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The Department of Labor is cracking down on the misclassification of 1099 workers harder than ever before. The risk that comes with staffing agencies wrongly classifying workers puts facilities at greater risk for legal liability and suit. At ShiftMed, we alleviate that risk by hiring every healthcare professional as a W-2 employee. Here, we carry the weight of these risks to ensure your facility's path to delivering quality healthcare is seamless and cost-effective.
Read this alert regarding recent litigation:
Healthcare Facilities Sued for Overtime of 1099 Agency Workers
Healthcare facilities who utilize staffing agencies that classify their workers as independent contractors are being sued by the U.S. Department of Labor and plaintiff attorneys for unpaid overtime that these staffing agencies do not pay. The facilities, as the host employer who supervises the workers and whose rules, policies and procedures the workers must follow, are easily alleged to be liable as a joint employer.
Just recently, the DOL sued Comprehensive Healthcare Management Services, LLC (CHMS) alleging $19 million owed as a result of unpaid overtime. Clipboard Health and other agencies provided a large amount of CHMS’ workers. As Clipboard classifies all of its workers placed in facilities as independent contractors, the workers did not receive overtime despite many working over 70 hours per week. DOL has not yet sued Clipboard, but seeks to hold CHMS liable for all unpaid overtime hours these workers worked at CHMS’ multiple facilities.
The DOL has long held the view that healthcare facilities are joint employers of staffing agency nurses. In 2013, when now Senior Counselor to the Secretary of Labor, Patricia Smith, who was the Solicitor of Labor at that time, the DOL sought and obtained a decision that noted
If the right to supervise and control the manner and means of accomplishing the work remains in the [staffing agency’s] at the facility where the work is performed, then the client [facility] would likely become a joint employer together with [the staffing agency], and the nurses would still be employees under the FLSA, not independent contractors.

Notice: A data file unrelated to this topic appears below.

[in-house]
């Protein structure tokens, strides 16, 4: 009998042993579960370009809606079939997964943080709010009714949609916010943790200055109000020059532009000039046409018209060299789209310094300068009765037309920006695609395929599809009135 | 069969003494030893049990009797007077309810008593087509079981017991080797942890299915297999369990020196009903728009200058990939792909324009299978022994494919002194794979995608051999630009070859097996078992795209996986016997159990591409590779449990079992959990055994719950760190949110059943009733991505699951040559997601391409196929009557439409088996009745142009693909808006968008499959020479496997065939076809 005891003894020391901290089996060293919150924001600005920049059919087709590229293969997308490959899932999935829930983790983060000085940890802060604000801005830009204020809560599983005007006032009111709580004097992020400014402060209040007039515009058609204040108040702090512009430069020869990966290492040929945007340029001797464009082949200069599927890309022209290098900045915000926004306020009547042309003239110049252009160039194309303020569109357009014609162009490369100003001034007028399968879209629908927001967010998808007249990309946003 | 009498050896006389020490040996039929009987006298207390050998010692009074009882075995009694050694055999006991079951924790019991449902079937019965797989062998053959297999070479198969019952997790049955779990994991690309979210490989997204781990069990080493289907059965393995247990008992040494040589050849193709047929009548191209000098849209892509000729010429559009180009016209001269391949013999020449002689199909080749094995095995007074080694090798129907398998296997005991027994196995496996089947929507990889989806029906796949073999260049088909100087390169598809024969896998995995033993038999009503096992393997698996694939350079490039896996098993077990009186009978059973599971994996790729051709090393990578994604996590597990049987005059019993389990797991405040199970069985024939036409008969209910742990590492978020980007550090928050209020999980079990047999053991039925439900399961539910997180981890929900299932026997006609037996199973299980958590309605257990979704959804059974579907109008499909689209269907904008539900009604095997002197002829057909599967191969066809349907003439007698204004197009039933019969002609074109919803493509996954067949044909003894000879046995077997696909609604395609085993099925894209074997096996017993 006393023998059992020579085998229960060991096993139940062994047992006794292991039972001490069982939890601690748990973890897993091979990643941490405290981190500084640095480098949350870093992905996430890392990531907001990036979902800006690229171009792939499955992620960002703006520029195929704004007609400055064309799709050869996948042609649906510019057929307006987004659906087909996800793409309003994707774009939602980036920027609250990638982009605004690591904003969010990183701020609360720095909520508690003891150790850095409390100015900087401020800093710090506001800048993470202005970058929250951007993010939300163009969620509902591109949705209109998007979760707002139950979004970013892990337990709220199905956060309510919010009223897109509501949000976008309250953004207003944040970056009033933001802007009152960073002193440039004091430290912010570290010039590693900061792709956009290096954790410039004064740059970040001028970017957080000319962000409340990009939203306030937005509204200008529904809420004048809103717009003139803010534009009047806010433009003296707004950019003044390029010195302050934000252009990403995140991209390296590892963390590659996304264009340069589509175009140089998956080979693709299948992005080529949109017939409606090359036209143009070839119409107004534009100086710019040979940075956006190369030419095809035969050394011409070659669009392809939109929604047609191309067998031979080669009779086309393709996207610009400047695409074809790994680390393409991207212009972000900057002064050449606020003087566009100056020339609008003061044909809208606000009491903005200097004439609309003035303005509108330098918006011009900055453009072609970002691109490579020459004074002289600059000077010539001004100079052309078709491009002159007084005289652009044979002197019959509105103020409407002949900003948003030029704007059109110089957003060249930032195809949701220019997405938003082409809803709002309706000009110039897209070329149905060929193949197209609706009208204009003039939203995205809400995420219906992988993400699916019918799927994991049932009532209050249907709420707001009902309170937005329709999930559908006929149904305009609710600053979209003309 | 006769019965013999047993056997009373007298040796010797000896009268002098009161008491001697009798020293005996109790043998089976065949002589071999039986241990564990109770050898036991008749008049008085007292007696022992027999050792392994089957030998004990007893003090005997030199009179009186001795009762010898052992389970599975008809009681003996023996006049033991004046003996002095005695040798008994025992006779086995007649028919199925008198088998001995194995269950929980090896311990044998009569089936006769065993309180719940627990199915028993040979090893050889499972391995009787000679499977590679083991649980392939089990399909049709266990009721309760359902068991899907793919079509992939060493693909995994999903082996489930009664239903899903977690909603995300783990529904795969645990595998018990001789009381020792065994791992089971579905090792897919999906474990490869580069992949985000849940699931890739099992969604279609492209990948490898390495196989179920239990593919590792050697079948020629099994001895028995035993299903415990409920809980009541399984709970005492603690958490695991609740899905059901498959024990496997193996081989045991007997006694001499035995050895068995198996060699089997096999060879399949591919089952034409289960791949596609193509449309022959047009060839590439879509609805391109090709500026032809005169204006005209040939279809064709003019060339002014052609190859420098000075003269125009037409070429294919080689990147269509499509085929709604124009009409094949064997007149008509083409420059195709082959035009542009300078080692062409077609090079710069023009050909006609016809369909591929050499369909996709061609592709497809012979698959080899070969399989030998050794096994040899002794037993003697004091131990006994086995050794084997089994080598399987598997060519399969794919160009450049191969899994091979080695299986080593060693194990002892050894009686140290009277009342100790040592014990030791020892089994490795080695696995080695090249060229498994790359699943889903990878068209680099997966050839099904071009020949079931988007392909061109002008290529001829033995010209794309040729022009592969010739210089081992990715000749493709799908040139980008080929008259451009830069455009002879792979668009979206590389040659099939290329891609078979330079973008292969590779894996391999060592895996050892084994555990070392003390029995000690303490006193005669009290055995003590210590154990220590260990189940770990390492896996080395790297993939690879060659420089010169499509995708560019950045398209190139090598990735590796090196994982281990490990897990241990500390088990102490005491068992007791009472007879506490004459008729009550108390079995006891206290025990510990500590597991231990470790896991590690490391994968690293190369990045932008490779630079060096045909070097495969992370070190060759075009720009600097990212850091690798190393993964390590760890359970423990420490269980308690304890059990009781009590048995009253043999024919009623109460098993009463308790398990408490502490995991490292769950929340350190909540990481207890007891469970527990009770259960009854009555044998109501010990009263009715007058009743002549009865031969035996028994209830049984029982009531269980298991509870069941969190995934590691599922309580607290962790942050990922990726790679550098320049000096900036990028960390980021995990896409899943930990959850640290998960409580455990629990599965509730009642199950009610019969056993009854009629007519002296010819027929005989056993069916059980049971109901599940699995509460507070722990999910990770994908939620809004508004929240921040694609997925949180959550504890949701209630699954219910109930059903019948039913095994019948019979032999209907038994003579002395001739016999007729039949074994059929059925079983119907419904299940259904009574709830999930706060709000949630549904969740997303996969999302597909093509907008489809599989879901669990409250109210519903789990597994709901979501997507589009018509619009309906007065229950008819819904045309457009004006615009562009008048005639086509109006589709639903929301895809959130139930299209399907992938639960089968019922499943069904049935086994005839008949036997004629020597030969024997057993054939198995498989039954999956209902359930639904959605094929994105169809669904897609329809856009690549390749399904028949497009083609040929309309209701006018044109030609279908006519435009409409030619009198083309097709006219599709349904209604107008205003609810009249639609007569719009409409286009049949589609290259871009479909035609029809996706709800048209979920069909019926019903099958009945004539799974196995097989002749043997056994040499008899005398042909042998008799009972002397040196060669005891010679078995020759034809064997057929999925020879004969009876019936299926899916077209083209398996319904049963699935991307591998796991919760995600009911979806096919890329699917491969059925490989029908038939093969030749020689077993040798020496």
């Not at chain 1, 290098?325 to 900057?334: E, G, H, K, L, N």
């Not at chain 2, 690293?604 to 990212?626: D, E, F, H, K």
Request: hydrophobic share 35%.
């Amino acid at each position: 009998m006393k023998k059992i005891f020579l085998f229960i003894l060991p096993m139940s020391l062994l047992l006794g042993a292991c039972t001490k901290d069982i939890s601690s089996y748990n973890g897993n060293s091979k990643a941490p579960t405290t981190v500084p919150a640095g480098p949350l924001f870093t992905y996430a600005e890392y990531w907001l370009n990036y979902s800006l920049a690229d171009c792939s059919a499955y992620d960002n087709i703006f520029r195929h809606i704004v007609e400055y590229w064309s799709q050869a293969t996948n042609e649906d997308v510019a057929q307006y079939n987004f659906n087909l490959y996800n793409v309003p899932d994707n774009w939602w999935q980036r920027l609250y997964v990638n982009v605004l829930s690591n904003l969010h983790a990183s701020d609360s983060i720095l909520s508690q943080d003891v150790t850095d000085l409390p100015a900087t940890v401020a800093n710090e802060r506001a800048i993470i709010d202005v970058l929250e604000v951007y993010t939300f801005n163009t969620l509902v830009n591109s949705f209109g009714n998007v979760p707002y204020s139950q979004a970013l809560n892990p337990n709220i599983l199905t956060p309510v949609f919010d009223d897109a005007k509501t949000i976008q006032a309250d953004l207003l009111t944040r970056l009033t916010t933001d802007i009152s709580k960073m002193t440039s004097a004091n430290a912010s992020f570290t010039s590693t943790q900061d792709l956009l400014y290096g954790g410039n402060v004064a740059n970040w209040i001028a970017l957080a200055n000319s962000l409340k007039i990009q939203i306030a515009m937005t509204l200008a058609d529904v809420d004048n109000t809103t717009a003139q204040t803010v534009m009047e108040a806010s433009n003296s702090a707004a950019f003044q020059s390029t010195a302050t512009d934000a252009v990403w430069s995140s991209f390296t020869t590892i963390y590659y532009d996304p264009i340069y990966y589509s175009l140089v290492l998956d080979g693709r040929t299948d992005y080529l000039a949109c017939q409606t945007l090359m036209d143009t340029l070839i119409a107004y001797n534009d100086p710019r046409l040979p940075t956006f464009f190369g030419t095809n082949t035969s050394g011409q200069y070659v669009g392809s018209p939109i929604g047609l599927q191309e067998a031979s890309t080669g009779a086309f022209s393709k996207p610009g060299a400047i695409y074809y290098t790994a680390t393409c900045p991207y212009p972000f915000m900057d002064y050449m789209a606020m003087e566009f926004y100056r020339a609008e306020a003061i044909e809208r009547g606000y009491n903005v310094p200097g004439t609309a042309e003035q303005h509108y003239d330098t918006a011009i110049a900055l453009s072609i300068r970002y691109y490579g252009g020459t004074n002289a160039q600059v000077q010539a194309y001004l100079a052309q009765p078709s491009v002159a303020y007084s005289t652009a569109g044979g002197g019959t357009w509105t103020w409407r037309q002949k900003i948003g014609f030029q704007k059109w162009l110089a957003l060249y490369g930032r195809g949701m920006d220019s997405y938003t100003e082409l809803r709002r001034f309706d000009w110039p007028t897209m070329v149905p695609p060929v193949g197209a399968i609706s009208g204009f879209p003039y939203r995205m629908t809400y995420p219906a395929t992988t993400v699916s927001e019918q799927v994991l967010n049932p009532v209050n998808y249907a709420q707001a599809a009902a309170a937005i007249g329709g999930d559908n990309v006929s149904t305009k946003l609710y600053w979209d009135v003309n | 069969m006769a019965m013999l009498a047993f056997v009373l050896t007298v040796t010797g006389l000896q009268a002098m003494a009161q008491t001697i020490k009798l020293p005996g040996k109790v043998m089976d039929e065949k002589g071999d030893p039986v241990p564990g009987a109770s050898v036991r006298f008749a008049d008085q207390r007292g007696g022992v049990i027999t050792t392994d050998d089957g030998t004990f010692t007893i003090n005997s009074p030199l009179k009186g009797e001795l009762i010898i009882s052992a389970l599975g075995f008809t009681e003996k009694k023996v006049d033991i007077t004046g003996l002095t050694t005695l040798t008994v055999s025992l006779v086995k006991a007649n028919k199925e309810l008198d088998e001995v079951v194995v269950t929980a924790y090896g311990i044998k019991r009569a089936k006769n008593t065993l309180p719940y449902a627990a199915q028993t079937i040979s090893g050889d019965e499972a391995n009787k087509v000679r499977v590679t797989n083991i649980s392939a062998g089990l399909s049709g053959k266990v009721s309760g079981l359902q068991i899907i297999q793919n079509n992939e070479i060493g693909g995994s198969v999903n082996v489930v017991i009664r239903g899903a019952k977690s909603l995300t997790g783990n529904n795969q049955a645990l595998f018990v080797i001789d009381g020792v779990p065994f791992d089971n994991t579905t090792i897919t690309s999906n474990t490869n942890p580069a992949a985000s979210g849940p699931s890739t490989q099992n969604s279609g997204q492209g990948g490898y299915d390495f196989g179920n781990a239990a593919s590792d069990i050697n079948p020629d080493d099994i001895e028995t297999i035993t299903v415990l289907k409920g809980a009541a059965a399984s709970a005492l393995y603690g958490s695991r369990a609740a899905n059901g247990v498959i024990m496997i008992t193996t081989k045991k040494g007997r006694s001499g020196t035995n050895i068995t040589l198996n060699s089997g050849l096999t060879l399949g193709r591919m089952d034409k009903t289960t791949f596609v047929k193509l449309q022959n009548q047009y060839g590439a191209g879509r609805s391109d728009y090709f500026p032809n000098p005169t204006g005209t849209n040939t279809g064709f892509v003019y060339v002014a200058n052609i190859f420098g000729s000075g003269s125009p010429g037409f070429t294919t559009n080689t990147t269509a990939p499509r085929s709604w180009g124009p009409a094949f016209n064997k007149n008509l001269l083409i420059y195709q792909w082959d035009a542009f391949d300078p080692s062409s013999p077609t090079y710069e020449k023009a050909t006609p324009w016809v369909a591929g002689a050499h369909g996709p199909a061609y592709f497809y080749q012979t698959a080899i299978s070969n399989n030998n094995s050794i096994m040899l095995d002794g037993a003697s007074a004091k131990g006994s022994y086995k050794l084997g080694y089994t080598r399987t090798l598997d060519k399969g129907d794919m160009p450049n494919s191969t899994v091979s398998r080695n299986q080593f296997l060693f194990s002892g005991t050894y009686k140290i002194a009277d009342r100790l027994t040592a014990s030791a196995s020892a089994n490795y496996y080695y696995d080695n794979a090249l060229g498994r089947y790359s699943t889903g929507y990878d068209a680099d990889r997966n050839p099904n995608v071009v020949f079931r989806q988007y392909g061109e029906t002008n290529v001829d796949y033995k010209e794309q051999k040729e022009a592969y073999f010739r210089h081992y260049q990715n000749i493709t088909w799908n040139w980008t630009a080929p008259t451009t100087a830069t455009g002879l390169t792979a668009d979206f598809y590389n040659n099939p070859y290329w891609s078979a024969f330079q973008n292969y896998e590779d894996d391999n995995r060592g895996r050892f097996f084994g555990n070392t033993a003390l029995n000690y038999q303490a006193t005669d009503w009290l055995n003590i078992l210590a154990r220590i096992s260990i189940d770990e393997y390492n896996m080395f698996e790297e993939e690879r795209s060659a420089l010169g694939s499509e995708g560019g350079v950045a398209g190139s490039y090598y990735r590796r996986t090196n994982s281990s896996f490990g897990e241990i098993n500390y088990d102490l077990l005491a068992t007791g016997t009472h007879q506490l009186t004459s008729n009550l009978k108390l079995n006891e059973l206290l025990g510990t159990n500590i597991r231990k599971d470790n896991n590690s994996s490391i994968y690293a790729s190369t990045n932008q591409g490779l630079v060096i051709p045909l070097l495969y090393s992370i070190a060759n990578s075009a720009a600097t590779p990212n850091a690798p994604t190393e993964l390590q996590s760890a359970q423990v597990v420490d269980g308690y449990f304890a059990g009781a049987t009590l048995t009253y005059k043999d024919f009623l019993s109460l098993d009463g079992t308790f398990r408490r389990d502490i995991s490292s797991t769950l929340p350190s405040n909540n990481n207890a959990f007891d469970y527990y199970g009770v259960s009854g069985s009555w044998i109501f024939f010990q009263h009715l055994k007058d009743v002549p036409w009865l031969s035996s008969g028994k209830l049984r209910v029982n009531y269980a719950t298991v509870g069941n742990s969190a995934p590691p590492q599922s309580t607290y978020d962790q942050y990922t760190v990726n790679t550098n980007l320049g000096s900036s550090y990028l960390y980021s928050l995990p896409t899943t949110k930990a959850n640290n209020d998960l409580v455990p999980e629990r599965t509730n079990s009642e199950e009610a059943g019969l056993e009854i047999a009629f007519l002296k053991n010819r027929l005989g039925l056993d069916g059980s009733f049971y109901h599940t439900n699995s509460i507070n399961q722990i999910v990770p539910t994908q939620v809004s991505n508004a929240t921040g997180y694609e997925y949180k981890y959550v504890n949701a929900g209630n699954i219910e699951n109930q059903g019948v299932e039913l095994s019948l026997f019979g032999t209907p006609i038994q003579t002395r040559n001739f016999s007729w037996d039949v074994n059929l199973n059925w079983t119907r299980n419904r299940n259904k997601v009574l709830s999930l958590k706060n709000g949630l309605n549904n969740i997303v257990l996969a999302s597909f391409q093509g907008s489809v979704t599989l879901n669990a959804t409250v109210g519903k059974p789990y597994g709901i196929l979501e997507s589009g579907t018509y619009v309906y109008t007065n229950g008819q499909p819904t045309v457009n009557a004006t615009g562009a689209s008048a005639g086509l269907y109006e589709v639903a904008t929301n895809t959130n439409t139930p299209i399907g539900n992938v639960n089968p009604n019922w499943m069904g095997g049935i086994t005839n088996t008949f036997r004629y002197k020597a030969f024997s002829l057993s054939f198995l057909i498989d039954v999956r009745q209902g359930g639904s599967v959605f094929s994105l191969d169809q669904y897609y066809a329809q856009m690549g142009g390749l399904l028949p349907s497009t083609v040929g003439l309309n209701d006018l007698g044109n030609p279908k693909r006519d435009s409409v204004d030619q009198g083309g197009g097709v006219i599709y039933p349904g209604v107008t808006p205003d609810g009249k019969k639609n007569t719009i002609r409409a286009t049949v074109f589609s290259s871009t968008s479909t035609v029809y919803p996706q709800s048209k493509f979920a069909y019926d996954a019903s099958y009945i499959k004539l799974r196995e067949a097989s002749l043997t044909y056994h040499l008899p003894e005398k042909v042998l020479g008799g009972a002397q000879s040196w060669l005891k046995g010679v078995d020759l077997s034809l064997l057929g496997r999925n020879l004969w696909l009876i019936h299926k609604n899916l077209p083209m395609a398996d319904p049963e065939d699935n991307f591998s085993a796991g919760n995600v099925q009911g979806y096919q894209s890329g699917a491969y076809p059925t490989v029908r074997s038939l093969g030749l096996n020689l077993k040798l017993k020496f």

Solis v. A+ Nursetemps, 2013 U.S. Dist. LEXIS 49595 (M.D. Fla.) citing Antenor v. D & S Farms, 88 F.3d 925 (11th Cir. 1996).
DOL and private plaintiffs have continued to pursue joint employment against healthcare facilities. However, for facilities using agency nurses who work but are not paid overtime, the lawsuits are increasing. Just a few months ago, DOL announced a renewed focus on ensuring healthcare workers receive proper pay including overtime. DOL identified misclassification of healthcare workers as an increasingly common violation that DOL’s initiative will target. DOL’s initiative includes reaching out to healthcare workers to educate them on their rights to overtime and how to file a complaint with the DOL. Facilities and agencies should expect DOL will exceed the 1,600 heathcare investigations completed in 2022 with a focus on nurses misclassified as independent contractors.
In January 2023 alone, DOL announced 9 settlements against healthcare facilities and/or medical staffing agencies for overtime violations and 5 of those involved nurses misclassified as independent contractors. This represents only a portion of the settlement DOL obtained last month as not all result in press releases. Lawsuits and arbitrations continue to be filed across the country against companies like Clipboard, ShiftKey, Kare, CareRev and the facilities who utilize nurses from these 1099 agencies.
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